CAF Champions League Final 2020/21: How Al Ahly beat 10-men Kaizer Chiefs to defend their crown – tactical analysis
The 2020-21 CAF Champions League Final saw Kaizer Chiefs take on defending champions, Al Ahly. While Al Ahly went into this match on the back of a thrashing win against their opponents in the Egyptian Premier League, Kaizer Chiefs last played a game against Wydad AC on 26th June in the semi-finals of the competition where they emerged victorious on aggregate.
Al Ahly were looking to defend their title and qualify for the FIFA Club World Cup like last season where they got knocked out against 2020-21 Bundesliga Champions, Bayern Munich. Kaizer Chiefs, on the other hand, were into their first-ever CAF final and looking to pull off an upset. This tactical analysis will feature how Al Ahly dominated the game using their tactics from start to finish and thrashed Kaizer Chiefs to clinch their 10th Champions League title. Let’s begin the analysis.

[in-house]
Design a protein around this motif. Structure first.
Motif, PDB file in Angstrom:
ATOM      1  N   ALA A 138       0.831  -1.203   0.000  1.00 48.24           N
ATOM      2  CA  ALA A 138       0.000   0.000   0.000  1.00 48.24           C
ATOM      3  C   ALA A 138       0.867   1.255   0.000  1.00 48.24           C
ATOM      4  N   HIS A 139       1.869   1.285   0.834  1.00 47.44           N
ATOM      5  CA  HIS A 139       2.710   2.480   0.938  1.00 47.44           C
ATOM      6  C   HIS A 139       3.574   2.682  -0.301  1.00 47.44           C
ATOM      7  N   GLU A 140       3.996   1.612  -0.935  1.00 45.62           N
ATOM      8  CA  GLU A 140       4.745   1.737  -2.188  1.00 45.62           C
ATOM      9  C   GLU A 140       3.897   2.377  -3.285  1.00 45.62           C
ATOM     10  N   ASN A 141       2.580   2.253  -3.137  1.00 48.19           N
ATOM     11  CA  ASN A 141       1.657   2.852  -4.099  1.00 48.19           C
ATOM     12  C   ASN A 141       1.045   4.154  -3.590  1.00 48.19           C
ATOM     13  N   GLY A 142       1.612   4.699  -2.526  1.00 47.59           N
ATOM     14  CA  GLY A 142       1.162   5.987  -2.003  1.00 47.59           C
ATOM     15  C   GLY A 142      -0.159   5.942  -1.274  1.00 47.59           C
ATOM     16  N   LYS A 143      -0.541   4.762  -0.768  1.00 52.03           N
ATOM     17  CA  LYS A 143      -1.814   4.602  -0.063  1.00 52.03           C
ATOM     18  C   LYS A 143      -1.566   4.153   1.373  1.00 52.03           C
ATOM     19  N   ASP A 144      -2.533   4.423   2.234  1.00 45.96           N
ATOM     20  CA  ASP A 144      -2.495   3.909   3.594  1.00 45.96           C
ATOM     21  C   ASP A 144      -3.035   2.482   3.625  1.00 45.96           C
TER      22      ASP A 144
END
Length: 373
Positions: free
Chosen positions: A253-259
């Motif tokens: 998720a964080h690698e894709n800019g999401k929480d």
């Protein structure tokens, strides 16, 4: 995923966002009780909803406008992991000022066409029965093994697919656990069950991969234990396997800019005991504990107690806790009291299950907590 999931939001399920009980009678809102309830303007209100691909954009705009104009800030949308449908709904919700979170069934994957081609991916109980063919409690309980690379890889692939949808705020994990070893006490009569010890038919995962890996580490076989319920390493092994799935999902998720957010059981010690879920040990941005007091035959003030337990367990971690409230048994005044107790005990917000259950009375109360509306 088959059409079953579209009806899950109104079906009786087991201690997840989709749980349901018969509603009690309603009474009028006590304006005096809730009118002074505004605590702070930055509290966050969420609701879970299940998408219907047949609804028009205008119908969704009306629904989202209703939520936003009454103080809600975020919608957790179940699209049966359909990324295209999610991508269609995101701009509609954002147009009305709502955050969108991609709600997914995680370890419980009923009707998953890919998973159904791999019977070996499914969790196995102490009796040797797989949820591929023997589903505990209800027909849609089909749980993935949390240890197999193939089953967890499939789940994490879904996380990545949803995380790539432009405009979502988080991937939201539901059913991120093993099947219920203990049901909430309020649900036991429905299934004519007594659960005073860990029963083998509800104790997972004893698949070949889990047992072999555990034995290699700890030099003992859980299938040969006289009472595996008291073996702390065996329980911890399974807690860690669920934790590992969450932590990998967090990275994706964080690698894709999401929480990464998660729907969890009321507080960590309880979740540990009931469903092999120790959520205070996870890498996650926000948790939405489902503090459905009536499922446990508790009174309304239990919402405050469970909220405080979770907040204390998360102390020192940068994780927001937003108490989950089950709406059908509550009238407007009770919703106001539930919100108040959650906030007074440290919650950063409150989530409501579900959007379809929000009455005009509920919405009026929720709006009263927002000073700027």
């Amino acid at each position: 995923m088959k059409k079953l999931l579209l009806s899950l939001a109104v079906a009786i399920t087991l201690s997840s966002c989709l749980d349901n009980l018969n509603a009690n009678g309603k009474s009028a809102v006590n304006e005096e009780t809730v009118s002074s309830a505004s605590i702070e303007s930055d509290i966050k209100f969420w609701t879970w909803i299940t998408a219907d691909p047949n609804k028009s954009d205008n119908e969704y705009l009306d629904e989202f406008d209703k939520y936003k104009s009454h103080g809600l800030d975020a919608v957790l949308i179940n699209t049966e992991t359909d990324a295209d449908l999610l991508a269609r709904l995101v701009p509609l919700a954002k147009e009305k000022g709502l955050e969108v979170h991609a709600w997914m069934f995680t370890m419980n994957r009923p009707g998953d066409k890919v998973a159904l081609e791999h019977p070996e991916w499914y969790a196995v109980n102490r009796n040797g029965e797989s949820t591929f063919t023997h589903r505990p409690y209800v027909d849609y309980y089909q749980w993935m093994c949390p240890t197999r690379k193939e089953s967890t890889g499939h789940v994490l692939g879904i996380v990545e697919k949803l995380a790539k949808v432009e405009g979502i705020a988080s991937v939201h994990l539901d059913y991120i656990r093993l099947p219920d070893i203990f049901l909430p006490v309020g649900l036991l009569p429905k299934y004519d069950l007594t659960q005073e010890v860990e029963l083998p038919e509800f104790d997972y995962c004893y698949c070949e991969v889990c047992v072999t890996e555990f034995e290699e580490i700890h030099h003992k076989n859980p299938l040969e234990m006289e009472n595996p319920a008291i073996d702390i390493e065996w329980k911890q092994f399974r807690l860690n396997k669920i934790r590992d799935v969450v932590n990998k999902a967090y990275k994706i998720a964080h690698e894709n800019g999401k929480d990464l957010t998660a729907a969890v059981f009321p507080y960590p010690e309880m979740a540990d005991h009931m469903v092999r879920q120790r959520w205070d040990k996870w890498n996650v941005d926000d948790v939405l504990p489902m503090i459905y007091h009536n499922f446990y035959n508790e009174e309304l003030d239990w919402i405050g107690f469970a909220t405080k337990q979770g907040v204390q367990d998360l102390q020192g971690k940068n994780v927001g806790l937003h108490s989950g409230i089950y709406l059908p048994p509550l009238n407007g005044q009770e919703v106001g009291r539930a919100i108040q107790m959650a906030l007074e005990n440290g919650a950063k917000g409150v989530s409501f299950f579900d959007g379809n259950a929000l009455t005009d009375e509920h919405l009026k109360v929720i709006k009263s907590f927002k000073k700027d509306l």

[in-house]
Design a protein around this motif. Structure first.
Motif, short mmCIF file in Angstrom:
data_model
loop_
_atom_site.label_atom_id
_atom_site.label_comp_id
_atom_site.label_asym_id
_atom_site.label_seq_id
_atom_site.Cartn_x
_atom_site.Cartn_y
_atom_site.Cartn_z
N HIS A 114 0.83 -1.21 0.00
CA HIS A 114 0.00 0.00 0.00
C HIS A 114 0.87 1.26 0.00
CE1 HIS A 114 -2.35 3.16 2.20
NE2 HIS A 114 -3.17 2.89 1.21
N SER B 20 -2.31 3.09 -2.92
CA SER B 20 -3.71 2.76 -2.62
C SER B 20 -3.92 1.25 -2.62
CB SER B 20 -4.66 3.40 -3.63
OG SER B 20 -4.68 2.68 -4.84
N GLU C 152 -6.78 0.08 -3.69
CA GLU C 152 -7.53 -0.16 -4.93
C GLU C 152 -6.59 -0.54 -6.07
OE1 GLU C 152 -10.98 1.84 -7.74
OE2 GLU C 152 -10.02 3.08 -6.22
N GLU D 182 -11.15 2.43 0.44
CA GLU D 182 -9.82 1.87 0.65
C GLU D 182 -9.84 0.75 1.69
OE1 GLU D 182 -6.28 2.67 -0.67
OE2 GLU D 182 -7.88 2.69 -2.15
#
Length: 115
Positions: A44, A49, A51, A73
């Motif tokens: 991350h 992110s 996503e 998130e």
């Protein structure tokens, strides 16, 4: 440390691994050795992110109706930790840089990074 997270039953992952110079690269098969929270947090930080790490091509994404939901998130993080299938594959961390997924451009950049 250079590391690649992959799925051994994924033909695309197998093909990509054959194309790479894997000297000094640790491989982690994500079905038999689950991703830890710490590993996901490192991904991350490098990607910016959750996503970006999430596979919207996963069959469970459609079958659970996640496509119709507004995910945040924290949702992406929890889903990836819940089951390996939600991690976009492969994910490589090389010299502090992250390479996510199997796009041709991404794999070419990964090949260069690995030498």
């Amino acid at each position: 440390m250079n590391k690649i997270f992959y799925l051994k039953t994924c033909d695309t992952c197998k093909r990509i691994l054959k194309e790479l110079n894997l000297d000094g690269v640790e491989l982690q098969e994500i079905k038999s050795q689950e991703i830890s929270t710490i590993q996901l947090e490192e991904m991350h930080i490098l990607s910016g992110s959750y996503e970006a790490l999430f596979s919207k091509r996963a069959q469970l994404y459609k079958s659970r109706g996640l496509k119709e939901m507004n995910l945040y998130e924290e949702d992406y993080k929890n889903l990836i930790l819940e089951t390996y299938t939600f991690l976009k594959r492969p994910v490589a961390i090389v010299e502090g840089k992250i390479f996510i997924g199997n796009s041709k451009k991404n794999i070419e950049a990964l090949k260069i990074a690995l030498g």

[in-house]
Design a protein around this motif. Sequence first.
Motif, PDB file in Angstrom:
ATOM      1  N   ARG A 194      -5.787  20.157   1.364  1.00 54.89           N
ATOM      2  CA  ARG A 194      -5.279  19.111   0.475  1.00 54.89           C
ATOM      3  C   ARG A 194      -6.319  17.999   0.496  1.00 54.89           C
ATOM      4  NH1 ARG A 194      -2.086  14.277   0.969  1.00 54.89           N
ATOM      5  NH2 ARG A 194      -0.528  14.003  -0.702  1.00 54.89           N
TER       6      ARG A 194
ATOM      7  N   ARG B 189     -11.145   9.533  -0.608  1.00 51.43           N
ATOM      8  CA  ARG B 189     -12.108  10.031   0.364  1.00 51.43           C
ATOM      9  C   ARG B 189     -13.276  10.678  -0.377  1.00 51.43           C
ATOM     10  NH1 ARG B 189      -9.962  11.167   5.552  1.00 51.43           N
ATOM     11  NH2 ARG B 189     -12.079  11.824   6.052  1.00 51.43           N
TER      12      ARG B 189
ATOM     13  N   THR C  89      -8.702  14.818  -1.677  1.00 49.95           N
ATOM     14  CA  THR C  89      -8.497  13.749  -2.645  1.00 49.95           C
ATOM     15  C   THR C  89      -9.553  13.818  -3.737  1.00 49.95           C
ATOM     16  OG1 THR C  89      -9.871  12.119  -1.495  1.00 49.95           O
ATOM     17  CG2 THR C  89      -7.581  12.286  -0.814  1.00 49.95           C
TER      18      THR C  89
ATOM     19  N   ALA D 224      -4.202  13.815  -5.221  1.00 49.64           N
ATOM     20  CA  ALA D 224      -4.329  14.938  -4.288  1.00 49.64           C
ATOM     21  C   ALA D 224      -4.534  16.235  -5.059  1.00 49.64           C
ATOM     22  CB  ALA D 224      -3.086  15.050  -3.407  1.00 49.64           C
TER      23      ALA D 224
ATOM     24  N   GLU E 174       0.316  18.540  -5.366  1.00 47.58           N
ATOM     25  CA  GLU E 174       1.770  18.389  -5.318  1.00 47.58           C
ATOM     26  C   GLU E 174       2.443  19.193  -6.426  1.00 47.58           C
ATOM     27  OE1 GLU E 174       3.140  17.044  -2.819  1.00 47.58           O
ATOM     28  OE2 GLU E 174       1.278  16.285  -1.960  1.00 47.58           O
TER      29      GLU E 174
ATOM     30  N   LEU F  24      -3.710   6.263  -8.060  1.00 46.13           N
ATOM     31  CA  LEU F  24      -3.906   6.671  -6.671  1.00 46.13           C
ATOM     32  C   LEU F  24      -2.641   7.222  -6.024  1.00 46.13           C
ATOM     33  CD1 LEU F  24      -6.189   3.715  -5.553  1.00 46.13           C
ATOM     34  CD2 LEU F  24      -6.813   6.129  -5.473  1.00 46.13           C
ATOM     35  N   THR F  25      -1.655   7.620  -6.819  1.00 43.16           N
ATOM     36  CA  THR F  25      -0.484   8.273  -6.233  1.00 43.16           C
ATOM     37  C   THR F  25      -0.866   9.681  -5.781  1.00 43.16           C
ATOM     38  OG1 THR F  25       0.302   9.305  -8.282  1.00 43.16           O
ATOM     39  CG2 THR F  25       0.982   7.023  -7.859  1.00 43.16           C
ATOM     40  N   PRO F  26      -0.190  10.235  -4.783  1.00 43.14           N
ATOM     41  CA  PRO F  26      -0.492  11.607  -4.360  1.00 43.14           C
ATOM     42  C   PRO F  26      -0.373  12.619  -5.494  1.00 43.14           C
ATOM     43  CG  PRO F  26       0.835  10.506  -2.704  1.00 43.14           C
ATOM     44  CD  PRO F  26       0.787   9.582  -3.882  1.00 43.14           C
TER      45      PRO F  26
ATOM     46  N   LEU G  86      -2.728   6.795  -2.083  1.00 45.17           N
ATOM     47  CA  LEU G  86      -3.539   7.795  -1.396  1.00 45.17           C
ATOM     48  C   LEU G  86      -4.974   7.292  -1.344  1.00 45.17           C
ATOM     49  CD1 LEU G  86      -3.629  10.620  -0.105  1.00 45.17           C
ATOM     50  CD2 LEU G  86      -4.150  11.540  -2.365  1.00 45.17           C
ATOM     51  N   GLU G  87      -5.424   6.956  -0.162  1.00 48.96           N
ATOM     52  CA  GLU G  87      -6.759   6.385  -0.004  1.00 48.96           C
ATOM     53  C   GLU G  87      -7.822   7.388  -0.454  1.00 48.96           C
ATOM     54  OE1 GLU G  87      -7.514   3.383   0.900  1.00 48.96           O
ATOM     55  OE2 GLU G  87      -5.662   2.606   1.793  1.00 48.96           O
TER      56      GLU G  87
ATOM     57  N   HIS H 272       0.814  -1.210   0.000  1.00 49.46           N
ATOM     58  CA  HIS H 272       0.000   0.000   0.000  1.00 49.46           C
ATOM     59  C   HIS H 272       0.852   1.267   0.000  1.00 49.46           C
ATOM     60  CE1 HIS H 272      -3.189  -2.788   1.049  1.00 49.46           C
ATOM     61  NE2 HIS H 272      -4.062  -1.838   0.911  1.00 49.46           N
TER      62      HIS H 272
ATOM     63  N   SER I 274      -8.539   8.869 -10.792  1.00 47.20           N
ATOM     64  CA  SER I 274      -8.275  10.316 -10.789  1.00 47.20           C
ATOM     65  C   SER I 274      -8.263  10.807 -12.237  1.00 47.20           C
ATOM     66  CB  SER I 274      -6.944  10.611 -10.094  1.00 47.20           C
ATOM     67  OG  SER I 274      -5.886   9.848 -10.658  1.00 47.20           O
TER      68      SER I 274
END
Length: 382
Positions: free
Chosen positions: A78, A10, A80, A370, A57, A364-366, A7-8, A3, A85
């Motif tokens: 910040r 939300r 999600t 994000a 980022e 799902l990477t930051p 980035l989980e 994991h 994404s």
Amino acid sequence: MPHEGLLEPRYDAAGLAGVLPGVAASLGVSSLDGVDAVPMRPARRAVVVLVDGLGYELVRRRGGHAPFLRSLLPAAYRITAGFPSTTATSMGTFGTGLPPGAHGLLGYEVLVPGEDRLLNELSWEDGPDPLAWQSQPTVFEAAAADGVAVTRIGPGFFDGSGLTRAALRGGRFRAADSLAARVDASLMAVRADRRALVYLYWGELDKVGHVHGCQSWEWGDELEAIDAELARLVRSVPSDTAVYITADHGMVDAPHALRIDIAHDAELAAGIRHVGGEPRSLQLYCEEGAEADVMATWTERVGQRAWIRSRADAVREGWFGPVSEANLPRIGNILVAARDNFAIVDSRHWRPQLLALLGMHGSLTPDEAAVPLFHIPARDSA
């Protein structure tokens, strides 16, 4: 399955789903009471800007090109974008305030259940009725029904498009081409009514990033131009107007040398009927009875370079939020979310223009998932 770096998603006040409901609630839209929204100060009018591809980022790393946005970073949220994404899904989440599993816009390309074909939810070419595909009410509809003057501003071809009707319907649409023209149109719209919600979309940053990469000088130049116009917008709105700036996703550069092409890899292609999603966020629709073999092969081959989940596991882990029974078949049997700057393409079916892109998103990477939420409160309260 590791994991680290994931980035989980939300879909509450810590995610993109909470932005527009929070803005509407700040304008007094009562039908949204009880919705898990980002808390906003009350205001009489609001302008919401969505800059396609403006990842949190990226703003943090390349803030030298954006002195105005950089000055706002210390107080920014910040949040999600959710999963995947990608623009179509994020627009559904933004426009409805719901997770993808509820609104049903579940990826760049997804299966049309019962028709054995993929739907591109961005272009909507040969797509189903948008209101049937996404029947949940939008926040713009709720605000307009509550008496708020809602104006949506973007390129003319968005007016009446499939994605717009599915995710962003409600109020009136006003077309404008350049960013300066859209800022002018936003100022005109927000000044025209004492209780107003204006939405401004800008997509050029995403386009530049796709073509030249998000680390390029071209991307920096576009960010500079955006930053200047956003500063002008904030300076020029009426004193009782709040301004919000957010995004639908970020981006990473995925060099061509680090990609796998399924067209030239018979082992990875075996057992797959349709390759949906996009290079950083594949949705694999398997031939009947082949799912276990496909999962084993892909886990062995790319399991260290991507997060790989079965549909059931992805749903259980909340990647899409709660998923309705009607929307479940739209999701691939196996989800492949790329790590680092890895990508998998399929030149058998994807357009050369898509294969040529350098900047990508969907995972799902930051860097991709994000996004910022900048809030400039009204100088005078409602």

Kaizer Chiefs lined up in a 4-3-3 system as Stuart Baxter shifted into a more possession dominant system from a 3-4-3. But on the pitch, it was more of a 4-2-3-1 system with Baxter bringing in Mphahlele and Mashiane for Sasman and Siyabonga Ngezana.
Al Ahly made one change to the lineup that beat Misr Lel Makkasa 4-1 last weekend with forward Taher Mohamed replacing Junior Ajayi. They went with a 4-2-3-1 system that often shifted into a 2-3-5 when they had possession.
Kaizer Chiefs’ thrive in low-block but exposed during high press
We saw that their formation on the paper looked like a 4-3-3 but on the pitch, it was pretty much a 4-2-3-1 with Parker often pushing higher up the pitch to start as a CAM. This was understandable given that Al Ahly went with a 4-3-3 system themselves and Al-Sulaya was deployed as the single pivot for most parts of the game and Parker now had just one job which was to closely mark the Egyptian. We can see that in the image below.